The new flag wasn't without its detractors. Adam Mykytiuk, a dissatisfied resident of Ellis Avenue, sent a cartoon to the Toronto Sun shortly after the raising ceremony showing how, if flown upside down, the flag looks like a pair of cartoon legs with a maple leaf covering the crotch. H. E. Skelton, a commander from the Toronto Power Squadron, a boating safety organization, claimed the flag looked strangely similar to their pennant.
The first copy of the flag, produced for free by Scythes & Company Limited, was stolen from the flagpole outside city hall and had to be replaced. Distribution of the De Santis flag to the various public buildings around the city was held up in Ottawa while the design was officially registered under the trademark act.
A second competition held 23 years later in 1997 to coincide with amalgamation failed to produce a new design accepted by city council. Instead, Renato De Santis suggested his flag be slightly altered to suit the new specifications and kept in place. A modified version of De Santis' design was approved in October 1999 and remains at the top of city flagpoles today.
Had archivist A. R. N. Wouden taken a shine to a different entry, who knows what we'd have for a flag today? Here are some of the best unsuccessful entries with some information about the artist and their original description of the design, where available. Let us know what you think of the entries. Could some of these have better represented Toronto?
Unsuccessful Toronto flag candidates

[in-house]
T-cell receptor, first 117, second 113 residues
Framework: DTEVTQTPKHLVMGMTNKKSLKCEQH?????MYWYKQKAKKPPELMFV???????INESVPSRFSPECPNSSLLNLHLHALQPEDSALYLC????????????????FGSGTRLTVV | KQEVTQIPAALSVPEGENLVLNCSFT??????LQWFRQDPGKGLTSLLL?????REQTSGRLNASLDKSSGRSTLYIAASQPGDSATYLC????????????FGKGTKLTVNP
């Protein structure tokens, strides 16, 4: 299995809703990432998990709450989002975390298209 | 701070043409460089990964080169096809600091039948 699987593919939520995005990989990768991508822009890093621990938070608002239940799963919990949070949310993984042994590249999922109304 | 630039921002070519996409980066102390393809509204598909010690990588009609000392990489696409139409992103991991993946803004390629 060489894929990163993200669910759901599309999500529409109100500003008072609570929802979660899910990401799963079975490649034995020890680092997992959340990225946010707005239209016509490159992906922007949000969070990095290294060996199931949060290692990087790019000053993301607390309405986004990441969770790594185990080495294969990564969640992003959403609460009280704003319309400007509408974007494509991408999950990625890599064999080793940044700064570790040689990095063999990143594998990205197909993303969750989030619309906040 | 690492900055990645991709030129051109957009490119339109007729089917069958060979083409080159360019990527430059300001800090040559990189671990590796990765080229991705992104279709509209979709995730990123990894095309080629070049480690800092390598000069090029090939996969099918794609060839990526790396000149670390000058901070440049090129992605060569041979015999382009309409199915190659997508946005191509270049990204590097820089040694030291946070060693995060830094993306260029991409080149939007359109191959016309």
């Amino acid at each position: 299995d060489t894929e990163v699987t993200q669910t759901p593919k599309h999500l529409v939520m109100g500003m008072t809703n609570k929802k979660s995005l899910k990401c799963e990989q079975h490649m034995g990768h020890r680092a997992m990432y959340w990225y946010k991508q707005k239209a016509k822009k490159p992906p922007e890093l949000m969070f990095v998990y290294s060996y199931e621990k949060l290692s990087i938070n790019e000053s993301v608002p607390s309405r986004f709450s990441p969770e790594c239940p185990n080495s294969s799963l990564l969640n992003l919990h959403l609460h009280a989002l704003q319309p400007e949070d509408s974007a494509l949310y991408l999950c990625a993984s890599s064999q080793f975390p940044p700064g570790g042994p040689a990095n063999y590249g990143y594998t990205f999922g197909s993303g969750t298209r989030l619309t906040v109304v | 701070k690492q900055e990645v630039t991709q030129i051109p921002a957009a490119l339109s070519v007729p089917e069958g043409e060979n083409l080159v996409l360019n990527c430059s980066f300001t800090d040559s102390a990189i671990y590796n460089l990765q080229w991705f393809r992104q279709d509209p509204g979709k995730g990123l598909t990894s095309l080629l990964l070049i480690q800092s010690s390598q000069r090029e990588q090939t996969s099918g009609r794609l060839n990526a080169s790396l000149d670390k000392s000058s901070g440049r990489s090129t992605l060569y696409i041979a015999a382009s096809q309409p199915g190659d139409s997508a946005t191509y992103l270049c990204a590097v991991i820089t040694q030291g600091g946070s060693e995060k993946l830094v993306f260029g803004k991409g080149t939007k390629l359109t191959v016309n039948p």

1) Vivian Beattie, 3rd Year - George Brown College. "Toronto (Blue + White) a city of people living and growing (out-stretched arms and circle) contributing to the identity of Canada (maple leaf)."
2) Bill Conner, 21, 2nd Year - George Brown College. "T-Shaped body forms represent people from all corners of the world living harmoniously in the city of Toronto. The semi-circular form on the water signifies Toronto's cosmopolitan aspect, as well as its connection by water to the rest of the world showing it as a main hub involved in all round-world communication."
3) Karen Birken, 21, 3rd Year Special Art Course - Central Technical School.
4) Lisa Cabral, 22, 3rd Year Special Art Course - Central Technical School. "Blue and white for Toronto's basic colours. A red shield signifying Canada, Toronto's shield because it is part of our heritage and its symbols stand for what Toronto represents."
5) Gibson Gaye, 20, George Brown College. "I used the city hall because it is central and easy to recognise. City hall is white because it is clean and new. Blue symbolises Lake Ontario and the St. Lawrence Seaway which leads to the sea and other countries. Green is Toronto itself and the rest of Canada.
6) Menahem Mendel Greenberg, 26, 1st Year - School of Architecture. "The design consists of the word Toronto as a picture. It is bold. The type I used for the word Toronto has been in use for many years and will not be dated."
7) David How, resident of Toronto. "The basis of this design is the letter "T" over which is laid two series of lines. The right horizontal ones depict water, on which we are situated. The left verticals signify the growth and development of Toronto, combined with Canadian identity. The lines in conduction are a "coming together" which is the translation of the word Toronto."